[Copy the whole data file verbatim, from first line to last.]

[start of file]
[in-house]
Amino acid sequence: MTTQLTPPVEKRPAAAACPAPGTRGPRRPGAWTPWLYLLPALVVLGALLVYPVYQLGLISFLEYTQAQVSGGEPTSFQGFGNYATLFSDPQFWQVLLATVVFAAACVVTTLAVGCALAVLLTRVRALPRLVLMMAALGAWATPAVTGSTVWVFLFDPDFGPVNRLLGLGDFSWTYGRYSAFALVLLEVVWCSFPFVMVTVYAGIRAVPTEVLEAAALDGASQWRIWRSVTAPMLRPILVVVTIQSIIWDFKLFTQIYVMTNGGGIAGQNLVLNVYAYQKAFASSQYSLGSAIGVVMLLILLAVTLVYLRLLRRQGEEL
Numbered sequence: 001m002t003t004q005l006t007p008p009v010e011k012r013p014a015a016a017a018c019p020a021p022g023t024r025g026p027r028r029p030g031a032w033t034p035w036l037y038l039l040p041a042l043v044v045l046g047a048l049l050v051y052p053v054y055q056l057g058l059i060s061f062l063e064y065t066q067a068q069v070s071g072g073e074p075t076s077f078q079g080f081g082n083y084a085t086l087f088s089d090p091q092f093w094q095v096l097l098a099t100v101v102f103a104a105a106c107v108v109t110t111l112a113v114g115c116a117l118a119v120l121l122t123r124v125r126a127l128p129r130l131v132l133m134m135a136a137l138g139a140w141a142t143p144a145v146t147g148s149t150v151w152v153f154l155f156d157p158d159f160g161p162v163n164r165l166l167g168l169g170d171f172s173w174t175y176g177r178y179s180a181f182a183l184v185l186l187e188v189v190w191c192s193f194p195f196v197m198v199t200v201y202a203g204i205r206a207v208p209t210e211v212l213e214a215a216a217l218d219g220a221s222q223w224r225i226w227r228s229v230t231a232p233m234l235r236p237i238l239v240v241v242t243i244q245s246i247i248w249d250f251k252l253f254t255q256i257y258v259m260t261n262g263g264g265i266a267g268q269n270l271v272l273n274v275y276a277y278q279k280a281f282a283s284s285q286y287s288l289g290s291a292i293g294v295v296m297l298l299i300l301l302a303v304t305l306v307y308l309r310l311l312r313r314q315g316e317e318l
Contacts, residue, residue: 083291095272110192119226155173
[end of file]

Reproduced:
[in-house]
Amino acid sequence: MTTQLTPPVEKRPAAAACPAPGTRGPRRPGAWTPWLYLLPALVVLGALLVYPVYQLGLISFLEYTQAQVSGGEPTSFQGFGNYATLFSDPQFWQVLLATVVFAAACVVTTLAVGCALAVLLTRVRALPRLVLMMAALGAWATPAVTGSTVWVFLFDPDFGPVNRLLGLGDFSWTYGRYSAFALVLLEVVWCSFPFVMVTVYAGIRAVPTEVLEAAALDGASQWRIWRSVTAPMLRPILVVVTIQSIIWDFKLFTQIYVMTNGGGIAGQNLVLNVYAYQKAFASSQYSLGSAIGVVMLLILLAVTLVYLRLLRRQGEEL
Numbered sequence: 001m002t003t004q005l006t007p008p009v010e011k012r013p014a015a016a017a018c019p020a021p022g023t024r025g026p027r028r029p030g031a032w033t034p035w036l037y038l039l040p041a042l043v044v045l046g047a048l049l050v051y052p053v054y055q056l057g058l059i060s061f062l063e064y065t066q067a068q069v070s071g072g073e074p075t076s077f078q079g080f081g082n083y084a085t086l087f088s089d090p091q092f093w094q095v096l097l098a099t100v101v102f103a104a105a106c107v108v109t110t111l112a113v114g115c116a117l118a119v120l121l122t123r124v125r126a127l128p129r130l131v132l133m134m135a136a137l138g139a140w141a142t143p144a145v146t147g148s149t150v151w152v153f154l155f156d157p158d159f160g161p162v163n164r165l166l167g168l169g170d171f172s173w174t175y176g177r178y179s180a181f182a183l184v185l186l187e188v189v190w191c192s193f194p195f196v197m198v199t200v201y202a203g204i205r206a207v208p209t210e211v212l213e214a215a216a217l218d219g220a221s222q223w224r225i226w227r228s229v230t231a232p233m234l235r236p237i238l239v240v241v242t243i244q245s246i247i248w249d250f251k252l253f254t255q256i257y258v259m260t261n262g263g264g265i266a267g268q269n270l271v272l273n274v275y276a277y278q279k280a281f282a283s284s285q286y287s288l289g290s291a292i293g294v295v296m297l298l299i300l301l302a303v304t305l306v307y308l309r310l311l312r313r314q315g316e317e318l
Contacts, residue, residue: 083291095272110192119226155173